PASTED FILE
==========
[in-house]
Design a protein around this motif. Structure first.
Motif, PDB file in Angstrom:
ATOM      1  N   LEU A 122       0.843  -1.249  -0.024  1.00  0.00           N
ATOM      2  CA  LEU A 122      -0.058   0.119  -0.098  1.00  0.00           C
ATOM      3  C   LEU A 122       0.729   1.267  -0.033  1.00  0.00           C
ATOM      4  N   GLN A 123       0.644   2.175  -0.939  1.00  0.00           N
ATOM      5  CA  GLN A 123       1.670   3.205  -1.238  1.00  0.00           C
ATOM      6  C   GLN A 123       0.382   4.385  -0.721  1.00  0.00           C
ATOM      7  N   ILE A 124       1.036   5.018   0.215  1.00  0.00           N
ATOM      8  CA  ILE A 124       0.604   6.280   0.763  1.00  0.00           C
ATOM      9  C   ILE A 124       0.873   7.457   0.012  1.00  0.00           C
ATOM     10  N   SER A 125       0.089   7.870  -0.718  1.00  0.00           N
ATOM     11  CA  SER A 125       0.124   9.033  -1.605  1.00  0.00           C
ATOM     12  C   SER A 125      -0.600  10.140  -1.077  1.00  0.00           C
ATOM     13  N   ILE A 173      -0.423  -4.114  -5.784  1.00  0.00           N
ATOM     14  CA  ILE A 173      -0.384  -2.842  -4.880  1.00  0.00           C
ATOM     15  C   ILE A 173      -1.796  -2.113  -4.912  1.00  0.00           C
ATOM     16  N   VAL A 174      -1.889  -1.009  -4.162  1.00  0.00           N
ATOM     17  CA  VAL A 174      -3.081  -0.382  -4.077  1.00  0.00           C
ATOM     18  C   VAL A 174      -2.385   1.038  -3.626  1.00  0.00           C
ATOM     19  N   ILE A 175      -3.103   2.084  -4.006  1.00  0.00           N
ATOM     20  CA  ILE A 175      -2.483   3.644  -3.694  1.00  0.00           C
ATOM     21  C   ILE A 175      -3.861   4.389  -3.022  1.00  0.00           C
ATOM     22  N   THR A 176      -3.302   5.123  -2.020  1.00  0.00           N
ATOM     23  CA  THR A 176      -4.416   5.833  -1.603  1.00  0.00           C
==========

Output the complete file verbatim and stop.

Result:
[in-house]
Design a protein around this motif. Structure first.
Motif, PDB file in Angstrom:
ATOM      1  N   LEU A 122       0.843  -1.249  -0.024  1.00  0.00           N
ATOM      2  CA  LEU A 122      -0.058   0.119  -0.098  1.00  0.00           C
ATOM      3  C   LEU A 122       0.729   1.267  -0.033  1.00  0.00           C
ATOM      4  N   GLN A 123       0.644   2.175  -0.939  1.00  0.00           N
ATOM      5  CA  GLN A 123       1.670   3.205  -1.238  1.00  0.00           C
ATOM      6  C   GLN A 123       0.382   4.385  -0.721  1.00  0.00           C
ATOM      7  N   ILE A 124       1.036   5.018   0.215  1.00  0.00           N
ATOM      8  CA  ILE A 124       0.604   6.280   0.763  1.00  0.00           C
ATOM      9  C   ILE A 124       0.873   7.457   0.012  1.00  0.00           C
ATOM     10  N   SER A 125       0.089   7.870  -0.718  1.00  0.00           N
ATOM     11  CA  SER A 125       0.124   9.033  -1.605  1.00  0.00           C
ATOM     12  C   SER A 125      -0.600  10.140  -1.077  1.00  0.00           C
ATOM     13  N   ILE A 173      -0.423  -4.114  -5.784  1.00  0.00           N
ATOM     14  CA  ILE A 173      -0.384  -2.842  -4.880  1.00  0.00           C
ATOM     15  C   ILE A 173      -1.796  -2.113  -4.912  1.00  0.00           C
ATOM     16  N   VAL A 174      -1.889  -1.009  -4.162  1.00  0.00           N
ATOM     17  CA  VAL A 174      -3.081  -0.382  -4.077  1.00  0.00           C
ATOM     18  C   VAL A 174      -2.385   1.038  -3.626  1.00  0.00           C
ATOM     19  N   ILE A 175      -3.103   2.084  -4.006  1.00  0.00           N
ATOM     20  CA  ILE A 175      -2.483   3.644  -3.694  1.00  0.00           C
ATOM     21  C   ILE A 175      -3.861   4.389  -3.022  1.00  0.00           C
ATOM     22  N   THR A 176      -3.302   5.123  -2.020  1.00  0.00           N
ATOM     23  CA  THR A 176      -4.416   5.833  -1.603  1.00  0.00           C